The cut-off levels of insufficient literacyskills used in national and internationalliteracy studies have not been validated. Thus,it remains uncertain whether adult poor readersare handicapped by insufficient reading skillsin everyday life, i.e. in job-related oreducational activities. The primary purpose ofthe study was to identify a minimum level belowwhich insufficient reading skills proved ahandicap to adults in their educational efforts. One hundred and eighty-nine adults in formal adult education participated in the study. The adults' reading comprehension, decoding skills, primarylanguage, level of exam, student and teacherratings of the adults' reading skills, and theadults' exam grades for courses in formal adulteducation were obtained. Exam grades below themean were taken as documentation of educationalfailure. Adults in the lowest 10thpercentile in reading skills only managed toobtain exam grades below the mean in coursesplacing heavy demands on their reading skills,indicating that poor reading skills were infact a threat to the adults' educationalachievements. Possible causes of insufficientreading skills were further examined. Adults inthe lowest 10th percentile suffered fromvery poor decoding skills. Even though a largervariation was seen in the exam grades foradults in the 10–25th percentile, theytoo, were handicapped by poor readingcomprehension. The decoding skills andsocio-economic data of these adults indicatedthat improved reading skills might increasetheir chances of getting an education.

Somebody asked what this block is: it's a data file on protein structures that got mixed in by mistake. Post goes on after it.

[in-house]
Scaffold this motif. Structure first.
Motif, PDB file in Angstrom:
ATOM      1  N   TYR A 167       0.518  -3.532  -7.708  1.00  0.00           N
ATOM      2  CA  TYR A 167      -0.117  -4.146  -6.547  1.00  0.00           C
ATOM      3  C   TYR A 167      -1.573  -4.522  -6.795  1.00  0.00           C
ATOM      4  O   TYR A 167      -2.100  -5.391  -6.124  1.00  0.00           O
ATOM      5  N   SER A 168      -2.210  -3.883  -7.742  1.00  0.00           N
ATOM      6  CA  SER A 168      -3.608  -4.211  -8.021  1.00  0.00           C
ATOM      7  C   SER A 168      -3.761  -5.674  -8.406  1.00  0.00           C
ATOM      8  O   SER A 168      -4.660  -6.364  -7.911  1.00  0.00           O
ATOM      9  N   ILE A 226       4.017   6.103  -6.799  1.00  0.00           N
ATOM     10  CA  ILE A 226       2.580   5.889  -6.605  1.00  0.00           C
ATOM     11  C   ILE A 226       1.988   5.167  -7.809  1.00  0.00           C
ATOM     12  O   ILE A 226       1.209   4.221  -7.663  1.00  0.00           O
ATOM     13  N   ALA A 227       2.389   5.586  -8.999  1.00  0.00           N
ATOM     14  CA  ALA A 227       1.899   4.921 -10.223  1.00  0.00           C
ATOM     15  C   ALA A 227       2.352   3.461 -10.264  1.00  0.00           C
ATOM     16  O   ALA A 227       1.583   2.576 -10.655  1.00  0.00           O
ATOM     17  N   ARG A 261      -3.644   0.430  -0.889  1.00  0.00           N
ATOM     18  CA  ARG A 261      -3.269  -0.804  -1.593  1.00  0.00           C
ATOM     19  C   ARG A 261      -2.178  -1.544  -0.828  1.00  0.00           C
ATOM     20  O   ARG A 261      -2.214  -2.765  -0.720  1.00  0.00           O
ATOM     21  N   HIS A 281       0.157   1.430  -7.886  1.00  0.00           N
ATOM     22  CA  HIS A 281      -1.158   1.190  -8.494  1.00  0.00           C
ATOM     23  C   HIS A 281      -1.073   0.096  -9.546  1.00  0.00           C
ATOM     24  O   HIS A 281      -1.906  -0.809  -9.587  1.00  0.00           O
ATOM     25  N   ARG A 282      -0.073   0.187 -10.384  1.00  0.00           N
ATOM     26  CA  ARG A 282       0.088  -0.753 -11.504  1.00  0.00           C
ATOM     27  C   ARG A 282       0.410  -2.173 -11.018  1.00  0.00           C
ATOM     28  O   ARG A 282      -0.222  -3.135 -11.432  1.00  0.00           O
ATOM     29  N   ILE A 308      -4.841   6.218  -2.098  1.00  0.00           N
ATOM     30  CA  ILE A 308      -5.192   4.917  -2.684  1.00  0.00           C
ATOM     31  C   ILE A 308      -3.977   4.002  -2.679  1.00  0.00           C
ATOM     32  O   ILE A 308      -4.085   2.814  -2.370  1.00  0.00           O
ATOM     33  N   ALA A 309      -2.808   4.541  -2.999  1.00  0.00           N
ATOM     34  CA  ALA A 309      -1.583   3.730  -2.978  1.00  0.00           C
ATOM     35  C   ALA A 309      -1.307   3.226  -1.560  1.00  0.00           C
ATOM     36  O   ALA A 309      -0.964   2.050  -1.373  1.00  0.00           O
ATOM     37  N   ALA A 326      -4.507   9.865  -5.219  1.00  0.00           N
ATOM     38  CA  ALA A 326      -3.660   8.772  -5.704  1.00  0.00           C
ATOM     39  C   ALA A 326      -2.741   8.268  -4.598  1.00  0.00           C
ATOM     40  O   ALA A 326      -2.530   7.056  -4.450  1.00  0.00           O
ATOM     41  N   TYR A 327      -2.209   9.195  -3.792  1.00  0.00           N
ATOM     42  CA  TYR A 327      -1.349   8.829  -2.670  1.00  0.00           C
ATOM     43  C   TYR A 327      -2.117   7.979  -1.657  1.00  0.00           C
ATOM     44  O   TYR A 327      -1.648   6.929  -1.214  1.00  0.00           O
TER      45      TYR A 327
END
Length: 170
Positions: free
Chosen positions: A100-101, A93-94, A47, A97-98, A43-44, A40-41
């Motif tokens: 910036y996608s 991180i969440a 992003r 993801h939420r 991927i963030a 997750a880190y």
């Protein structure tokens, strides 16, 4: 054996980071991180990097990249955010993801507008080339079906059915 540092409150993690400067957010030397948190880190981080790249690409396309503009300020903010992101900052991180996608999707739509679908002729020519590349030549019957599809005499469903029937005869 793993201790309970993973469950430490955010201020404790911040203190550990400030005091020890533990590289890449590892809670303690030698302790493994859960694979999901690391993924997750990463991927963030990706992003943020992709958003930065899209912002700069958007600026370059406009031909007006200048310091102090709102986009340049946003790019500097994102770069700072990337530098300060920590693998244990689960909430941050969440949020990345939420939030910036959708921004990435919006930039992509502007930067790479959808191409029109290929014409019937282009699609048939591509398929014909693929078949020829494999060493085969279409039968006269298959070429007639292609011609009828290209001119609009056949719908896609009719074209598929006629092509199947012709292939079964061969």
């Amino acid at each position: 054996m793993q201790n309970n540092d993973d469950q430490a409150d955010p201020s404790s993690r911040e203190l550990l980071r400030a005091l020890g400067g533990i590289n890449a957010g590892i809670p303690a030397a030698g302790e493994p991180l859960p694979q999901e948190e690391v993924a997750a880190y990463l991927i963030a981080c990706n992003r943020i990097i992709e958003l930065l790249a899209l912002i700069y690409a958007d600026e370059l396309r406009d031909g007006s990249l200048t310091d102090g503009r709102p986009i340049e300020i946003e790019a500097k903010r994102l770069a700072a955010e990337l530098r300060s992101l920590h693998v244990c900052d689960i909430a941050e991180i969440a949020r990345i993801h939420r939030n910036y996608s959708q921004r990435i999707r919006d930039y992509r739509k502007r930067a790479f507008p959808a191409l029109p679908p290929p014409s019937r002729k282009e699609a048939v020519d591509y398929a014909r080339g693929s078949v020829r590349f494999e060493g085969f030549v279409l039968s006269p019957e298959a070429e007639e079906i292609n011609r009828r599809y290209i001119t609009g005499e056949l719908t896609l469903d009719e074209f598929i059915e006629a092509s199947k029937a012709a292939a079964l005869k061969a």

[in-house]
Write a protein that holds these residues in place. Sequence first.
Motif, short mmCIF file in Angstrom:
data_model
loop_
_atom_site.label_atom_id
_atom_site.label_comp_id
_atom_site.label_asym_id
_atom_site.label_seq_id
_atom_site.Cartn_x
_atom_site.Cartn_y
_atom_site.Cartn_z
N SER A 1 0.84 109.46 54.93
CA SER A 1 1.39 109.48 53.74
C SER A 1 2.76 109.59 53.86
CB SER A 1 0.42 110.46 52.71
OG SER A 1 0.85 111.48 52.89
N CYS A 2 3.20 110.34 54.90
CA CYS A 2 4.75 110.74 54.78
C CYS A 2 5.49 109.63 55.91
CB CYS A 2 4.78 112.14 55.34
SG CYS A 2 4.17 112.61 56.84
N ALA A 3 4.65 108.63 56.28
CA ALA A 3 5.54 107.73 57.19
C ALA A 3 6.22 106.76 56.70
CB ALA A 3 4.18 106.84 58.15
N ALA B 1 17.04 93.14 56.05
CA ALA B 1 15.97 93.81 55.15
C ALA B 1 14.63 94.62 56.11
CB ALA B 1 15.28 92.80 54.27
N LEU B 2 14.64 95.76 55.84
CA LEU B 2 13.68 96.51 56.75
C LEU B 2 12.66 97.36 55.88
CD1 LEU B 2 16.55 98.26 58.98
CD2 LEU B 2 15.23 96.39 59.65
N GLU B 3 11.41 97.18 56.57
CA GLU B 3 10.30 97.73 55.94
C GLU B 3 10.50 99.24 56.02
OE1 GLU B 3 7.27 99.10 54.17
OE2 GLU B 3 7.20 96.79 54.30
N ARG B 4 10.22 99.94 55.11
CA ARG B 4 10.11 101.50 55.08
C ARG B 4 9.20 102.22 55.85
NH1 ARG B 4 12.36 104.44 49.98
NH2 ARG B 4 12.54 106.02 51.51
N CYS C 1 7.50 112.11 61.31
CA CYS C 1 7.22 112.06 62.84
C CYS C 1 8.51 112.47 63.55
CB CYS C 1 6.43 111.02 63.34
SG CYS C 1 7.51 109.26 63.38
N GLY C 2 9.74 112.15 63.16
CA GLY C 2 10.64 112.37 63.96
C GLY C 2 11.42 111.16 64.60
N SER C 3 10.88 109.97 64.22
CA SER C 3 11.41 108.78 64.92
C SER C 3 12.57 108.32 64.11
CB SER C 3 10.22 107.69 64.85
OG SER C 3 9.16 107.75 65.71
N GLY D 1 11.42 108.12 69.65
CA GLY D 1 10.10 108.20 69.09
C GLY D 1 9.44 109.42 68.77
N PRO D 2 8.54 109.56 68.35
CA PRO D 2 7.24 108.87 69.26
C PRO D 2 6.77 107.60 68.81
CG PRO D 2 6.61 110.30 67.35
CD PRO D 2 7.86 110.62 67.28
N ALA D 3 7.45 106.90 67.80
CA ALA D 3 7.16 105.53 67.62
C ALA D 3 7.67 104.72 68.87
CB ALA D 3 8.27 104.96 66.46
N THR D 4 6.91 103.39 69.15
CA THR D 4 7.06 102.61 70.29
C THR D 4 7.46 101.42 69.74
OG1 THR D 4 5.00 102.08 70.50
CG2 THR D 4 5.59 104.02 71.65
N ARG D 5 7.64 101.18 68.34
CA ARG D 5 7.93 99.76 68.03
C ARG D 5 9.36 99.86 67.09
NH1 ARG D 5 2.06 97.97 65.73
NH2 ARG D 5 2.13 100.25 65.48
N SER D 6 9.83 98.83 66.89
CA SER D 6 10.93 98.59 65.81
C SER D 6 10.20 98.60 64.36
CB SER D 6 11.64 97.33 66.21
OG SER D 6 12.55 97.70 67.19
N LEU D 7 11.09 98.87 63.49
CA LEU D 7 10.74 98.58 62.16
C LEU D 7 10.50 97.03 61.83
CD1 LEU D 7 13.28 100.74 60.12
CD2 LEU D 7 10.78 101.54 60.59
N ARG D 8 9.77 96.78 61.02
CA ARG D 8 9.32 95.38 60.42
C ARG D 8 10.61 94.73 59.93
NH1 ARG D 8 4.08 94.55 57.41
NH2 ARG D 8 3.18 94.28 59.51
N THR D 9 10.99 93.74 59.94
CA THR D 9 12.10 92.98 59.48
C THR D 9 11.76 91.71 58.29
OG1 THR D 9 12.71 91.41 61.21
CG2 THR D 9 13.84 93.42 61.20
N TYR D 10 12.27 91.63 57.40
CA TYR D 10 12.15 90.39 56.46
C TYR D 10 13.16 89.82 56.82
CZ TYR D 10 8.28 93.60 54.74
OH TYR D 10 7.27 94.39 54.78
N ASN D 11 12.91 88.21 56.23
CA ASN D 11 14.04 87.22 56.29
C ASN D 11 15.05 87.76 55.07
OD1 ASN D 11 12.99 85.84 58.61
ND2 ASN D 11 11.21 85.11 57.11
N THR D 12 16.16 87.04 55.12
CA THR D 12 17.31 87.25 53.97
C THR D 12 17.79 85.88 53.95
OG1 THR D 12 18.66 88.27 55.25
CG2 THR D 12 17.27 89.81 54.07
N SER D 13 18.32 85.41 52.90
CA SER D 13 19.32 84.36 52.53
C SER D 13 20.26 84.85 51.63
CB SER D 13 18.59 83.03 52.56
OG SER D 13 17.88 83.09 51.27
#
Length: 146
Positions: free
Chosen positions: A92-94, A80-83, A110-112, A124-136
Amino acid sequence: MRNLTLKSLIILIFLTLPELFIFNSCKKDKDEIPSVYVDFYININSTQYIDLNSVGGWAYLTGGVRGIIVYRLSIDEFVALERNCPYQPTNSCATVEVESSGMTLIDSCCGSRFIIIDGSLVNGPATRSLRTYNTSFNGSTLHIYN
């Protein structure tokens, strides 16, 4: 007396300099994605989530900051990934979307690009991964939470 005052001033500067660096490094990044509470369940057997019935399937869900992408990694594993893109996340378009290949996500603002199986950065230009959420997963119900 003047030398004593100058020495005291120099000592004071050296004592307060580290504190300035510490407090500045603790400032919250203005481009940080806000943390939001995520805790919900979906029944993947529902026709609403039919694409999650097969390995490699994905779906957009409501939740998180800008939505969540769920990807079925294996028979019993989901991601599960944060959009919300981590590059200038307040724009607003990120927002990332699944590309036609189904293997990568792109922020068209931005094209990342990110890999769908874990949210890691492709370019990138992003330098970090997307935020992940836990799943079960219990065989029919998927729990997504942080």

Reading and Writing – Springer Journals
Published: Oct 29, 2004
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